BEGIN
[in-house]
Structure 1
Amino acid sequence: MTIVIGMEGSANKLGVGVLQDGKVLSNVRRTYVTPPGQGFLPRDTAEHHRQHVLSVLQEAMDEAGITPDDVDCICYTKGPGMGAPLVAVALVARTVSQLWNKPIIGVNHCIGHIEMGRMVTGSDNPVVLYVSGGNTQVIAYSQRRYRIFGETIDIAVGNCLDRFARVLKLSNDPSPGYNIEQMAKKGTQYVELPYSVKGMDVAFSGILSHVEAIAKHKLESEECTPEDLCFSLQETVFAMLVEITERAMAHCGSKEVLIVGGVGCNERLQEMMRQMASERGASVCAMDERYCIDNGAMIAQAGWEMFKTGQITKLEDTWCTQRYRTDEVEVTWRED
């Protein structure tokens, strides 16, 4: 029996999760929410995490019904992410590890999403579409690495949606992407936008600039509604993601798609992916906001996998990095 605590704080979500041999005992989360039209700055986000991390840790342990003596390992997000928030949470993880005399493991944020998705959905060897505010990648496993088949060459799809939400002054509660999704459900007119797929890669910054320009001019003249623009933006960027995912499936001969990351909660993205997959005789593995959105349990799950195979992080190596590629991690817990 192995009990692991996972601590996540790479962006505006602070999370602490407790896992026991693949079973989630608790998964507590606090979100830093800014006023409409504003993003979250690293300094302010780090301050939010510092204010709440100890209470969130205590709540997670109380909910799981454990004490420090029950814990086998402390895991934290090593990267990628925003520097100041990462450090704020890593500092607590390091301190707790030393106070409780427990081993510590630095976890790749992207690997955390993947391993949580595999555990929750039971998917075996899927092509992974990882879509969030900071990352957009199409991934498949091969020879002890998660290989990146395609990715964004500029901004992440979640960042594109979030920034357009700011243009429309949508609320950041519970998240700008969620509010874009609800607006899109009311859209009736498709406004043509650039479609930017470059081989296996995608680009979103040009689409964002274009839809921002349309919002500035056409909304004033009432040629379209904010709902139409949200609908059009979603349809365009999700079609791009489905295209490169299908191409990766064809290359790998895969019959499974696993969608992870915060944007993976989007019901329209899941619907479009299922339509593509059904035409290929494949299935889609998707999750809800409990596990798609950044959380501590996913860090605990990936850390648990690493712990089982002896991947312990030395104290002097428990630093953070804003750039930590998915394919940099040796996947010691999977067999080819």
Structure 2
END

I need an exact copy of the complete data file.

[in-house]
Structure 1
Amino acid sequence: MTIVIGMEGSANKLGVGVLQDGKVLSNVRRTYVTPPGQGFLPRDTAEHHRQHVLSVLQEAMDEAGITPDDVDCICYTKGPGMGAPLVAVALVARTVSQLWNKPIIGVNHCIGHIEMGRMVTGSDNPVVLYVSGGNTQVIAYSQRRYRIFGETIDIAVGNCLDRFARVLKLSNDPSPGYNIEQMAKKGTQYVELPYSVKGMDVAFSGILSHVEAIAKHKLESEECTPEDLCFSLQETVFAMLVEITERAMAHCGSKEVLIVGGVGCNERLQEMMRQMASERGASVCAMDERYCIDNGAMIAQAGWEMFKTGQITKLEDTWCTQRYRTDEVEVTWRED
């Protein structure tokens, strides 16, 4: 029996999760929410995490019904992410590890999403579409690495949606992407936008600039509604993601798609992916906001996998990095 605590704080979500041999005992989360039209700055986000991390840790342990003596390992997000928030949470993880005399493991944020998705959905060897505010990648496993088949060459799809939400002054509660999704459900007119797929890669910054320009001019003249623009933006960027995912499936001969990351909660993205997959005789593995959105349990799950195979992080190596590629991690817990 192995009990692991996972601590996540790479962006505006602070999370602490407790896992026991693949079973989630608790998964507590606090979100830093800014006023409409504003993003979250690293300094302010780090301050939010510092204010709440100890209470969130205590709540997670109380909910799981454990004490420090029950814990086998402390895991934290090593990267990628925003520097100041990462450090704020890593500092607590390091301190707790030393106070409780427990081993510590630095976890790749992207690997955390993947391993949580595999555990929750039971998917075996899927092509992974990882879509969030900071990352957009199409991934498949091969020879002890998660290989990146395609990715964004500029901004992440979640960042594109979030920034357009700011243009429309949508609320950041519970998240700008969620509010874009609800607006899109009311859209009736498709406004043509650039479609930017470059081989296996995608680009979103040009689409964002274009839809921002349309919002500035056409909304004033009432040629379209904010709902139409949200609908059009979603349809365009999700079609791009489905295209490169299908191409990766064809290359790998895969019959499974696993969608992870915060944007993976989007019901329209899941619907479009299922339509593509059904035409290929494949299935889609998707999750809800409990596990798609950044959380501590996913860090605990990936850390648990690493712990089982002896991947312990030395104290002097428990630093953070804003750039930590998915394919940099040796996947010691999977067999080819």
Structure 2